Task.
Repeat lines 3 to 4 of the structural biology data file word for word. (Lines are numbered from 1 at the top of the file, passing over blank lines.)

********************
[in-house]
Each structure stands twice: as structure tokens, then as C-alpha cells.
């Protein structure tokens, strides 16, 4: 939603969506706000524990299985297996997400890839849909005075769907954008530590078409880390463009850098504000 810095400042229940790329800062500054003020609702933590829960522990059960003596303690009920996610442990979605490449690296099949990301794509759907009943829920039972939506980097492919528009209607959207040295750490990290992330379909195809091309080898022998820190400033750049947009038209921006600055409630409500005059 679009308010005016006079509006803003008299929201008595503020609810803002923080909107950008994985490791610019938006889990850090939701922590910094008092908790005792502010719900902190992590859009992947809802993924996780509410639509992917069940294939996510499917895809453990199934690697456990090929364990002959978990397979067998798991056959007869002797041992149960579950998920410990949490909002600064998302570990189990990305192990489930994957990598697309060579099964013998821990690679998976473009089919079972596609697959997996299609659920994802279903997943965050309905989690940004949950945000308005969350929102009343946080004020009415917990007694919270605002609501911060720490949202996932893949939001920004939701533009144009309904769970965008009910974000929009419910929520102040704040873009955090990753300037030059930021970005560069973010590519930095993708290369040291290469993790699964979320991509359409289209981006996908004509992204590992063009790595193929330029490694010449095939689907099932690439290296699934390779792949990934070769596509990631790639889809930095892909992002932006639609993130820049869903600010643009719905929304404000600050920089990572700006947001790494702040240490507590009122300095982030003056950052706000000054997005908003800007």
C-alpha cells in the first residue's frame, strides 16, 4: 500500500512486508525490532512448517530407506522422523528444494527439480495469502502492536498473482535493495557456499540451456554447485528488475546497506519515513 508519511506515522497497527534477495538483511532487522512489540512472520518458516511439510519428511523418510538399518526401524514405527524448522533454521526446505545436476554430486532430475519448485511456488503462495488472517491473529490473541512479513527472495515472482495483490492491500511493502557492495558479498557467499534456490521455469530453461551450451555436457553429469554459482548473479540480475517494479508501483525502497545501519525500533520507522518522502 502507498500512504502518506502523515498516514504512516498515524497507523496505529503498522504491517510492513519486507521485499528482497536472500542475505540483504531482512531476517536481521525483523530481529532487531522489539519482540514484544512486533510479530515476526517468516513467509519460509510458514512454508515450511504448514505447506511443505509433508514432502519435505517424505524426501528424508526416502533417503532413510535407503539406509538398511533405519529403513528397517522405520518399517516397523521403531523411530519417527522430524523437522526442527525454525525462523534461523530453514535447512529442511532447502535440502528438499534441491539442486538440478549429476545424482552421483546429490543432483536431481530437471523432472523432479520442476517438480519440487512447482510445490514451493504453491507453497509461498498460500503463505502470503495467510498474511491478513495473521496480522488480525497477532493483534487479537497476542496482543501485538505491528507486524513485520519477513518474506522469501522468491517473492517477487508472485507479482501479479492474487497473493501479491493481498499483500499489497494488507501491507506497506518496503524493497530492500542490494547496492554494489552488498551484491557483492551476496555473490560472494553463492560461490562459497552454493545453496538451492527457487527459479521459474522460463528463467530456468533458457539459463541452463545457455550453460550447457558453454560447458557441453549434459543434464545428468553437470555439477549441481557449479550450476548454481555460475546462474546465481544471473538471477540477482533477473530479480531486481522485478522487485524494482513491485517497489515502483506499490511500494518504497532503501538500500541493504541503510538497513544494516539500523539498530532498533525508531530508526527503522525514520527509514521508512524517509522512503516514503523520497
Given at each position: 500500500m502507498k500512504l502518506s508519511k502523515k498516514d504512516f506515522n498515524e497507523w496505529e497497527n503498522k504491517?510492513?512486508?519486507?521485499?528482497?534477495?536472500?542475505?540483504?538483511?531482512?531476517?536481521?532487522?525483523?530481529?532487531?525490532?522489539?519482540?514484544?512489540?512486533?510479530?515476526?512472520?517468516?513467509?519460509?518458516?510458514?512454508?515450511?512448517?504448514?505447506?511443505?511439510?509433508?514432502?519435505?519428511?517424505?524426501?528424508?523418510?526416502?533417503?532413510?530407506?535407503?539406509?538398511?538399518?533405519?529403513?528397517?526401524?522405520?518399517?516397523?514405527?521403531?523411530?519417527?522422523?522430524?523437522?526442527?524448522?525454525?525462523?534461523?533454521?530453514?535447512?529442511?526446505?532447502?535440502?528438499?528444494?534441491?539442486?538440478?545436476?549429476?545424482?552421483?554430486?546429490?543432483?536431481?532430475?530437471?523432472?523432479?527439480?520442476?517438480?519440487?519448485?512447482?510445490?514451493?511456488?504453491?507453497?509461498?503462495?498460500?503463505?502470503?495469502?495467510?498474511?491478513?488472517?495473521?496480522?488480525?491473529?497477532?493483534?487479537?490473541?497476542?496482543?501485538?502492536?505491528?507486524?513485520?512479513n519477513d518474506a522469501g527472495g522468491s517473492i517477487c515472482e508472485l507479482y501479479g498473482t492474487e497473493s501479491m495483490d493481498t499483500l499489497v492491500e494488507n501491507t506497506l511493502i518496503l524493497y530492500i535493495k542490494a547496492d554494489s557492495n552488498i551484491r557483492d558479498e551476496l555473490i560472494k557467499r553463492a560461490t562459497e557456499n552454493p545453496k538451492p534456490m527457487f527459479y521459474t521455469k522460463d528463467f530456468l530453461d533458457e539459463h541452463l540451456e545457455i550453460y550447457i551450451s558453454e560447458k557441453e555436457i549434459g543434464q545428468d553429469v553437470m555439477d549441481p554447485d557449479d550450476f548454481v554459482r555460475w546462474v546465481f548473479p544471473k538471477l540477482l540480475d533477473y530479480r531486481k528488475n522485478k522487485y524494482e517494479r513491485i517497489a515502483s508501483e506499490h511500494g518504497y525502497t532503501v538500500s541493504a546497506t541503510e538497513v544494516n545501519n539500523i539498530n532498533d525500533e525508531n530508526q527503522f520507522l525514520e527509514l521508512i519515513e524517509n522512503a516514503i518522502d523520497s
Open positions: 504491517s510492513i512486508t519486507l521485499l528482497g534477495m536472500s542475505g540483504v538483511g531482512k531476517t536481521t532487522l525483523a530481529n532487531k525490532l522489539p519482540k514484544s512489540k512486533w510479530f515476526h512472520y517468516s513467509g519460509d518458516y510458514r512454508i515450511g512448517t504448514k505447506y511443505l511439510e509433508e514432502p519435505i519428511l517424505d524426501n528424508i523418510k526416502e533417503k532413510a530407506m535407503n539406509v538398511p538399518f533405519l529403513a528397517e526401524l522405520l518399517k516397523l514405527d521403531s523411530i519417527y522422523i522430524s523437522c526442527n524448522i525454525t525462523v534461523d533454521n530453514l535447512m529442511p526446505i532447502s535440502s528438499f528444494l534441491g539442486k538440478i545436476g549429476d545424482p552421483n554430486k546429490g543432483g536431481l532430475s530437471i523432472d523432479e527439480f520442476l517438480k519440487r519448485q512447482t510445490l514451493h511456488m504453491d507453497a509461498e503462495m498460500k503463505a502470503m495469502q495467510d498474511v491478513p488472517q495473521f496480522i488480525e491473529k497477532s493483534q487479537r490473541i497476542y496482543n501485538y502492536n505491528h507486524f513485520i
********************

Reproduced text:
């Protein structure tokens, strides 16, 4: 939603969506706000524990299985297996997400890839849909005075769907954008530590078409880390463009850098504000 810095400042229940790329800062500054003020609702933590829960522990059960003596303690009920996610442990979605490449690296099949990301794509759907009943829920039972939506980097492919528009209607959207040295750490990290992330379909195809091309080898022998820190400033750049947009038209921006600055409630409500005059 679009308010005016006079509006803003008299929201008595503020609810803002923080909107950008994985490791610019938006889990850090939701922590910094008092908790005792502010719900902190992590859009992947809802993924996780509410639509992917069940294939996510499917895809453990199934690697456990090929364990002959978990397979067998798991056959007869002797041992149960579950998920410990949490909002600064998302570990189990990305192990489930994957990598697309060579099964013998821990690679998976473009089919079972596609697959997996299609659920994802279903997943965050309905989690940004949950945000308005969350929102009343946080004020009415917990007694919270605002609501911060720490949202996932893949939001920004939701533009144009309904769970965008009910974000929009419910929520102040704040873009955090990753300037030059930021970005560069973010590519930095993708290369040291290469993790699964979320991509359409289209981006996908004509992204590992063009790595193929330029490694010449095939689907099932690439290296699934390779792949990934070769596509990631790639889809930095892909992002932006639609993130820049869903600010643009719905929304404000600050920089990572700006947001790494702040240490507590009122300095982030003056950052706000000054997005908003800007």
C-alpha cells in the first residue's frame, strides 16, 4: 500500500512486508525490532512448517530407506522422523528444494527439480495469502502492536498473482535493495557456499540451456554447485528488475546497506519515513 508519511506515522497497527534477495538483511532487522512489540512472520518458516511439510519428511523418510538399518526401524514405527524448522533454521526446505545436476554430486532430475519448485511456488503462495488472517491473529490473541512479513527472495515472482495483490492491500511493502557492495558479498557467499534456490521455469530453461551450451555436457553429469554459482548473479540480475517494479508501483525502497545501519525500533520507522518522502 502507498500512504502518506502523515498516514504512516498515524497507523496505529503498522504491517510492513519486507521485499528482497536472500542475505540483504531482512531476517536481521525483523530481529532487531522489539519482540514484544512486533510479530515476526517468516513467509519460509510458514512454508515450511504448514505447506511443505509433508514432502519435505517424505524426501528424508526416502533417503532413510535407503539406509538398511533405519529403513528397517522405520518399517516397523521403531523411530519417527522430524523437522526442527525454525525462523534461523530453514535447512529442511532447502535440502528438499534441491539442486538440478549429476545424482552421483546429490543432483536431481530437471523432472523432479520442476517438480519440487512447482510445490514451493504453491507453497509461498498460500503463505502470503495467510498474511491478513495473521496480522488480525497477532493483534487479537497476542496482543501485538505491528507486524513485520519477513518474506522469501522468491517473492517477487508472485507479482501479479492474487497473493501479491493481498499483500499489497494488507501491507506497506518496503524493497530492500542490494547496492554494489552488498551484491557483492551476496555473490560472494553463492560461490562459497552454493545453496538451492527457487527459479521459474522460463528463467530456468533458457539459463541452463545457455550453460550447457558453454560447458557441453549434459543434464545428468553437470555439477549441481557449479550450476548454481555460475546462474546465481544471473538471477540477482533477473530479480531486481522485478522487485524494482513491485517497489515502483506499490511500494518504497532503501538500500541493504541503510538497513544494516539500523539498530532498533525508531530508526527503522525514520527509514521508512524517509522512503516514503523520497